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Personification in Poetry

April 26, 2021 | Heather Palmer Welesko

We are writing poetry.

We are learning about rhyme (internal and end rhymes), rhythm, line breaks, and different forms of poetry. We have already studied haiku and limericks, and later we will study such literary techniques as alliteration, metaphor, and simile, but some of the most fun we’ve had with poetry is in the study of personification.

In case you don’t know, “personification occurs when a thing or abstraction is represented as a person, in literature or art, as an anthropomorphic metaphor.” (That’s pulled from Wikipedia). 

I gave the children some phases: “The car dances down the street.” “That cake is calling my name.” “The tree winks at me.” We laughed. Then I showed the students some poems with personification in them. Here is an example:

Staple Remover by James Aswell

What purpose have you?

To undo what has been done

Who gave you the right?

Your vicious snarl

Four fangs gleam

in the fluorescent light

Surely a monster

at best.

After that, we got to work, and can they personify! Here are some of the poems they created! Please enjoy!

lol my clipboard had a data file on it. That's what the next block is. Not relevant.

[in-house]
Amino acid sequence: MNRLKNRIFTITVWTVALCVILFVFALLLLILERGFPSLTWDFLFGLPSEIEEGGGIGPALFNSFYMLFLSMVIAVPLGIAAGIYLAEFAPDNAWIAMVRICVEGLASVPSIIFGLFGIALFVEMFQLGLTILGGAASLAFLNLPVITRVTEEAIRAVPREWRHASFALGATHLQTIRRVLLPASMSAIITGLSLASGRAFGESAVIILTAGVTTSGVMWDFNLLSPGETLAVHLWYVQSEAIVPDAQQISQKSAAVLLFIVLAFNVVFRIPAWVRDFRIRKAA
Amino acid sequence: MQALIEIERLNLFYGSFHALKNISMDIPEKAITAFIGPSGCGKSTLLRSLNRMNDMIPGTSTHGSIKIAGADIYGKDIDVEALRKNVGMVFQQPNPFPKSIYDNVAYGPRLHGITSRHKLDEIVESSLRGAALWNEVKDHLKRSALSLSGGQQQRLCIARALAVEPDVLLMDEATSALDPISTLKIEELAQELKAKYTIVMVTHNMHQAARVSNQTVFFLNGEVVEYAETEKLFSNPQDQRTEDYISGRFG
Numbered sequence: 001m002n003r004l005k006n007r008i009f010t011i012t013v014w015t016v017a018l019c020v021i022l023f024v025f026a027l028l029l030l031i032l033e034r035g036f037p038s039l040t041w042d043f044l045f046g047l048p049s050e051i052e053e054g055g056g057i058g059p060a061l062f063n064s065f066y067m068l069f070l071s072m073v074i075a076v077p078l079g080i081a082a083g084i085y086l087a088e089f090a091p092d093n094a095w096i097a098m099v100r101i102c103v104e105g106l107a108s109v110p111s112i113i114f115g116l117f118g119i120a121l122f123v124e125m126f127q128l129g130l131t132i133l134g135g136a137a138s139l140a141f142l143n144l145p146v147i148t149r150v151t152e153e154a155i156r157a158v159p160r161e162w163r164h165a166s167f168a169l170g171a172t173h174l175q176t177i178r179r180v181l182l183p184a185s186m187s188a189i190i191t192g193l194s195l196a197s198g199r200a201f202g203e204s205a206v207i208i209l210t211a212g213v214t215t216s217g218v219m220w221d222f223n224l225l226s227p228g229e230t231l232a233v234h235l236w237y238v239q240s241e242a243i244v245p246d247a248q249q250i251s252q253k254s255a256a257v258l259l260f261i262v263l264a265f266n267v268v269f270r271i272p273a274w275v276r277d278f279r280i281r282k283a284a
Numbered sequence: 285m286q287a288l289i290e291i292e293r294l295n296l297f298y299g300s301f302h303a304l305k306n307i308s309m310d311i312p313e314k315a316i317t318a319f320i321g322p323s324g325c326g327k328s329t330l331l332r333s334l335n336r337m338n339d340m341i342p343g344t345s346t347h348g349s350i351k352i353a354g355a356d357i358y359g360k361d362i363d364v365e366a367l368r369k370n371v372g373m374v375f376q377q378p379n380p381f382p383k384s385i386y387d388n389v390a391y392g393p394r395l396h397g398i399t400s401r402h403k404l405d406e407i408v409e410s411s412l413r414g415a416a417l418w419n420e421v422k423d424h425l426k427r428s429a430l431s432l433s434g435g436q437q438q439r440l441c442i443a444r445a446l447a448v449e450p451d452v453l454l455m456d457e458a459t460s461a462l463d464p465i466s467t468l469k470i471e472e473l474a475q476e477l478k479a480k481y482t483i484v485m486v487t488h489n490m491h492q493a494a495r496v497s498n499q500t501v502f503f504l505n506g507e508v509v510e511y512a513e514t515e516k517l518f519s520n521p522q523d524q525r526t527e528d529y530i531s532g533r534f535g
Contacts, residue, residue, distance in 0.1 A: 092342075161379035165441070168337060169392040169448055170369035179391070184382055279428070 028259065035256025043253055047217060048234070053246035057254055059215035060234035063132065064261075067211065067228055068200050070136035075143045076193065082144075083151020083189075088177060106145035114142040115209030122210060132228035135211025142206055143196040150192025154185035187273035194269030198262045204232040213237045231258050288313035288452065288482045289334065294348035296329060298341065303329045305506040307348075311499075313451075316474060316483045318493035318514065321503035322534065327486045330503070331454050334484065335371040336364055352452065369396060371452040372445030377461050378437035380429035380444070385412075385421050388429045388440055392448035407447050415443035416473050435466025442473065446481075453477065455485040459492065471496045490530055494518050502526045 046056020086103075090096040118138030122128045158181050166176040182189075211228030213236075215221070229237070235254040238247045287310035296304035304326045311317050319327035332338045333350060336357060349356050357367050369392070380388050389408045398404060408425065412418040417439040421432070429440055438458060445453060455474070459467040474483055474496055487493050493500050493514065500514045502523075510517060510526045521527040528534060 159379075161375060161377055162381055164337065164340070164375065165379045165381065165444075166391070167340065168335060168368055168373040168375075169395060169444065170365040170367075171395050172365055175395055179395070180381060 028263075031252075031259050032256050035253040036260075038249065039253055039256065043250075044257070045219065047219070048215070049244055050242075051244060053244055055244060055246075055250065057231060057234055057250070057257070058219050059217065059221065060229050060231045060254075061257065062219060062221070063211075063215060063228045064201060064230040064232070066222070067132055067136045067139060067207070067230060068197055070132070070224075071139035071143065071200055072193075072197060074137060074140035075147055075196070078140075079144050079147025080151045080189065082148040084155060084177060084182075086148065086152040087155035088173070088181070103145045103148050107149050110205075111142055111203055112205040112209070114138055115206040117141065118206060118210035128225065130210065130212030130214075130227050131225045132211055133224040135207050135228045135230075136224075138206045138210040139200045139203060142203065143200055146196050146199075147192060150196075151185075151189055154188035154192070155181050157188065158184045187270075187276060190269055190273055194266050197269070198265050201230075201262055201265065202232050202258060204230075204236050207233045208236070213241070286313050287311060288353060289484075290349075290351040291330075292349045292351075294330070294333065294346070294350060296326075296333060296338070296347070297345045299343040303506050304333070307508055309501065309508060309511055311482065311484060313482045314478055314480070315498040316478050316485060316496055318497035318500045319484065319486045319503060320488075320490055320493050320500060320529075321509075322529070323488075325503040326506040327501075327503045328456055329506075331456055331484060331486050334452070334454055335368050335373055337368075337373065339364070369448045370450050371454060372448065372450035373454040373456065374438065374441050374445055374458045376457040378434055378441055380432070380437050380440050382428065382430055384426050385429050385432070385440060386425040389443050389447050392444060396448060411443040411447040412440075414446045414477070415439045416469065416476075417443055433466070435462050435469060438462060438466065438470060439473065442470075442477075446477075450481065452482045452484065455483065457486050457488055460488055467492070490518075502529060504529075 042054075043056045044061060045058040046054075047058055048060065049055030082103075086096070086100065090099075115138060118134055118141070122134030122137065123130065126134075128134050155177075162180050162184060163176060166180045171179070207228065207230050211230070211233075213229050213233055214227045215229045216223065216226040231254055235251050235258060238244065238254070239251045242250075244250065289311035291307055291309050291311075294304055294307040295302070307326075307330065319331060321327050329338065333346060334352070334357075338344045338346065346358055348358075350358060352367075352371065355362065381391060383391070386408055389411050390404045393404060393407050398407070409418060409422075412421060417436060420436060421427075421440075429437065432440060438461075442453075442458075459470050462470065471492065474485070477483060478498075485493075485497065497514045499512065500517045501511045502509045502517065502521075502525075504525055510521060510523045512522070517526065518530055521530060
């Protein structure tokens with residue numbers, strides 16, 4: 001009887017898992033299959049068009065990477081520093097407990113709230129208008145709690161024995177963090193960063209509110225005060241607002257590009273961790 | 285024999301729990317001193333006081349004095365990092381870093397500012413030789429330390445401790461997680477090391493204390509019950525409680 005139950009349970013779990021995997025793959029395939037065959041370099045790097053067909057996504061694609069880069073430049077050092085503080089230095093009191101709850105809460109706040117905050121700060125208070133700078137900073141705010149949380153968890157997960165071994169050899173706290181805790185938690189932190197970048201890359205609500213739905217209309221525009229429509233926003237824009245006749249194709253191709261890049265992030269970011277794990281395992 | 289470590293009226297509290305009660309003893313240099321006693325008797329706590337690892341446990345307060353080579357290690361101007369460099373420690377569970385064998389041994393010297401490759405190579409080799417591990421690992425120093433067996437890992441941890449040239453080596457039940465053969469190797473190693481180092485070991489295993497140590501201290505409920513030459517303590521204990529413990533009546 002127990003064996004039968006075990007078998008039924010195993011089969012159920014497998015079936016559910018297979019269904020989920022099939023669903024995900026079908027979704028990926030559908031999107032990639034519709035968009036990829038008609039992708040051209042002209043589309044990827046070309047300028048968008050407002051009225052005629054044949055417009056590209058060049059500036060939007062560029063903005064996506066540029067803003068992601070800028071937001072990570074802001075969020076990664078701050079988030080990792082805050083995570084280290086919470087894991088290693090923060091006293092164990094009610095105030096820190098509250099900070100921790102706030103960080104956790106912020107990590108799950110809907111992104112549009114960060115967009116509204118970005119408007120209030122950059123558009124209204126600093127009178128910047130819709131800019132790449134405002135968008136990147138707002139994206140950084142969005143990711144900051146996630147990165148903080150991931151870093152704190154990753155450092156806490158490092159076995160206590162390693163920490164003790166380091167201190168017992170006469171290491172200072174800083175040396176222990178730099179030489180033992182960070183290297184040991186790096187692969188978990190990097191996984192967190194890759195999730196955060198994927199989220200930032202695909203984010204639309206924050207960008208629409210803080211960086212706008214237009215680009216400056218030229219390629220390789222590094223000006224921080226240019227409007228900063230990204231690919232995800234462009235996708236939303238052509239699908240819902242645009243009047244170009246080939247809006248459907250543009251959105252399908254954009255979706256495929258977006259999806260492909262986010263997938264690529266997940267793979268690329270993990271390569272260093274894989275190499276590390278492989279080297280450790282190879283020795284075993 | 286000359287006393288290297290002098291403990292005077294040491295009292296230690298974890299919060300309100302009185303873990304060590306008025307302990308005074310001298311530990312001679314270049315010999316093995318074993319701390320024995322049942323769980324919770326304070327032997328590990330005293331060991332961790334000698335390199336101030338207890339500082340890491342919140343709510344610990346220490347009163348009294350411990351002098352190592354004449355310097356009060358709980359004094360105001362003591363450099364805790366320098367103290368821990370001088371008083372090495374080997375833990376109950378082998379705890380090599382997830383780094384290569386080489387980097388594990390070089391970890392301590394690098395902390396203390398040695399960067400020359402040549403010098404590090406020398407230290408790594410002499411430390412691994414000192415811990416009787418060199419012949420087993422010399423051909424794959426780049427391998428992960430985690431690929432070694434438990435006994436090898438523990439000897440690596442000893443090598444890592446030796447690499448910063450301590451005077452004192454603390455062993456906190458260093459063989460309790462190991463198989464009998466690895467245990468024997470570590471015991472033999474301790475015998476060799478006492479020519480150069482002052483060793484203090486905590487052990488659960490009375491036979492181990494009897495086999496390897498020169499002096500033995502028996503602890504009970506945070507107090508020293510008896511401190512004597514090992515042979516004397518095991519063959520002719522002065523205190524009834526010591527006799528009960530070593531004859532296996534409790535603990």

If a student’s picture is beside a poem, that poem has been written by them.

“I, Apple” is by Kai (left side)

“I Am a Book” is by Matias (right side)

“What Am I?” is by Maxfield (last poem)

Heather Palmer Welesko

Assistant Teacher, Grade 4

Heather Welesko has taught at Mustard Seed School for seven years as an assistant teacher and for over five years as a literacy teacher. Prior to that she was a literature and writing composition professor at Kean University and Harold Washington College of Chicago. Heather has an MFA in writing and poetry from The School of the Art Institute of Chicago and an MA in Leadership and Spiritual Formation from Evangelical Seminary.

Ms. Welesko has advanced training in the Handwriting Without Tears program; the Fountas and Pinnell Guided Reading Program, and the Responsive Classroom/ Development Designs Program through Origin. She continues professional develop through The Columbia University Teachers College Reading and Writing Project. She’s passionate about literature, creativity, comprehensive education, believes strongly in teaching identity and diversity awareness.

Ms. Welesko is a poet, artist, and yogi, and is currently learning.

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